Graham Reid | | 1 min read
While not quite in the league of He Hit Me and It Felt Like a Kiss, this sliver of semi-innocent pop sounds very uncomfortable these days.
Poor Joanie, just wanting to get a response from the meek boyfriend ("I want a brave man, I want a cave man") and hoping for a lecture from Johnny. She wants Johnny to be the boss, but wimpy Johnny sounds like his part could be played by Gene Pitney ("backstage I'm lonely, backstage I cry") or Eden Kane ("boys cry when no one can see them").
Johnny sure wasn't the captain of the high school football team.
This was a hit for Sommers, but it was hardly typical of her style. It opens her album Joanie Sommers Sings Johnny Get Angry and Other Top Pops, but the next track is the ballad A Nightingale Sang in Berkeley Square and later she sings the MOR Theme From A Summer Place.
But there's also the poppy The Piano Boy (the boy next door just plays piano and won't play with her), and the string-soaked I Don't Want to Walk With You . . .
An odd album, but indicative of where she was in her career at the time: she was 21 and was being made over into an all-round entertainer.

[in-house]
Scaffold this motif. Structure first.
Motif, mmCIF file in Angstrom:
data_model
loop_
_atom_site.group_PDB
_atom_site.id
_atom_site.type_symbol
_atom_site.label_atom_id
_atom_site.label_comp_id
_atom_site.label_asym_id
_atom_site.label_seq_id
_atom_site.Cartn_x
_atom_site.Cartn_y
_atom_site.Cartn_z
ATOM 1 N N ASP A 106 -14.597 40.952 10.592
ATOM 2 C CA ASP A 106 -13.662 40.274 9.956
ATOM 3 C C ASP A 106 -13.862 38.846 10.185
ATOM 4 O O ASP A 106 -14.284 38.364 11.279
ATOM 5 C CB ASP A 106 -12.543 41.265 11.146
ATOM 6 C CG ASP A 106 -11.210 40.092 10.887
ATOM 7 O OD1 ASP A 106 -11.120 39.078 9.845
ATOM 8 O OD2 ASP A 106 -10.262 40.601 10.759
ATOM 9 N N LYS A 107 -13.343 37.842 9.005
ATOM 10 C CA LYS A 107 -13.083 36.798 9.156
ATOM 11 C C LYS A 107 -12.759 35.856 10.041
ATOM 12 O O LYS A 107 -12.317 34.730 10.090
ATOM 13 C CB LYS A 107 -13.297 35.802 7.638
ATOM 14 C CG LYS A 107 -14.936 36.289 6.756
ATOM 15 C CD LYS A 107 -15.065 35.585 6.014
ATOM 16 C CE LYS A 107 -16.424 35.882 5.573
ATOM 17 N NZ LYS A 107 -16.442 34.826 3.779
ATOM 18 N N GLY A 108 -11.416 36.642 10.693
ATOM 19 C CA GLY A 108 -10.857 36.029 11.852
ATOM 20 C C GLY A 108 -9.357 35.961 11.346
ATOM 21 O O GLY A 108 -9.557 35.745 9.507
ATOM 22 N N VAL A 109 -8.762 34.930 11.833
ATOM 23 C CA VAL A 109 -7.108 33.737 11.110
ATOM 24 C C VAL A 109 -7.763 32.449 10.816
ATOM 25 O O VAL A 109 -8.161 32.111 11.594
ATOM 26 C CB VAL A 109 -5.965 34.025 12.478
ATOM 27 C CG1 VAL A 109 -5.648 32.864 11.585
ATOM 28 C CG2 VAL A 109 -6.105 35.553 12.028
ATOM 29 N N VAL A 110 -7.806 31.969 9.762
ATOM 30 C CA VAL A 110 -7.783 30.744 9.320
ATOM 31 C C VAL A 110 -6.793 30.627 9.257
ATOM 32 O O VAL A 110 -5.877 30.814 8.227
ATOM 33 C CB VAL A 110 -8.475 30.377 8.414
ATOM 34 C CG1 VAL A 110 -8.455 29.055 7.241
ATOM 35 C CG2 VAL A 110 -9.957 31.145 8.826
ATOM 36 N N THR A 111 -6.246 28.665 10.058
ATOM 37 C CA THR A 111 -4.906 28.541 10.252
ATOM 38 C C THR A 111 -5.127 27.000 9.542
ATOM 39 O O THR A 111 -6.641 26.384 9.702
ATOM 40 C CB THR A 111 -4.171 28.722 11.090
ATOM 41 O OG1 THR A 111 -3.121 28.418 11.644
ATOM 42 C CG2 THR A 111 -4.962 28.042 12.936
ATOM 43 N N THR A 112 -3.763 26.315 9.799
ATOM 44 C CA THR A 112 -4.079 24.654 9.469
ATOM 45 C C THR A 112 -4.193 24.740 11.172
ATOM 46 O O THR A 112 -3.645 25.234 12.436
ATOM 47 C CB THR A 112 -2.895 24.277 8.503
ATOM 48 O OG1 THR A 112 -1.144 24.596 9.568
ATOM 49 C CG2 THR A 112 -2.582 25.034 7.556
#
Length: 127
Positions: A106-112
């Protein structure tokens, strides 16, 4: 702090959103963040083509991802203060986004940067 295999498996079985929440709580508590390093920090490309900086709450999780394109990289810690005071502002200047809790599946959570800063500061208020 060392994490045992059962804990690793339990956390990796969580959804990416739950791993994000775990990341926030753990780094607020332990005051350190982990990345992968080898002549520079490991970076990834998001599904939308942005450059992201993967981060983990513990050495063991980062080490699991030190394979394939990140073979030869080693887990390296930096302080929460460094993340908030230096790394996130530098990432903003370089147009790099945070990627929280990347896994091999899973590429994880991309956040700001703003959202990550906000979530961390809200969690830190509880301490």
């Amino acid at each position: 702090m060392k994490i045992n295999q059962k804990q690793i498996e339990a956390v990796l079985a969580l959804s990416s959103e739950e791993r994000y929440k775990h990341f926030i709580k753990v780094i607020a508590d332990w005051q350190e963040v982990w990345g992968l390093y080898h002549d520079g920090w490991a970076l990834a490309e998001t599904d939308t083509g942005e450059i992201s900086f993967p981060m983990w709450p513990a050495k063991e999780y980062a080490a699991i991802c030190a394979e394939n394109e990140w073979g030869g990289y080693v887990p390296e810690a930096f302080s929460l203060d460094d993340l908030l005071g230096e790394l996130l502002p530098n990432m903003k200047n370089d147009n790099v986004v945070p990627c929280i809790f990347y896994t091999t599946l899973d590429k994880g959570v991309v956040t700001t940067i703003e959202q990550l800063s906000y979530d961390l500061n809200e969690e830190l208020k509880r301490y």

She'd grown up in LA and appeared in the popular television series 77 Sunset Strip, later been on the pop-package shows Shindig and Hullabaloo, and sung a Pepsi ad -- but by the end of the Sixties -- with no hits other than the earlier One Boy and Johnny Get Angry -- she retired.
On the album there is the hopeful liner comment: "Without going through all the red-tape of an actual poll, it's a safe assumption that four out of five people in show business would guarantee you that Joanie Sommers probably has THE future of the new singers of our time."
The problem for her was right there: "people in show business".
Maybe those people should have left her alone and let her belt out teen pop of the Brenda Lee kind. She had the voice for it.
That said, she aches through the torch ballad Mean To Me very convincingly, and on Don't Pity Me had a soul-belter style so . . .
Still, Johnny Get Angry is quite something. Not every day you hear a kazoo solo, huh?
For more one-offs, oddities or songs with an interesting backstory see From the Vaults.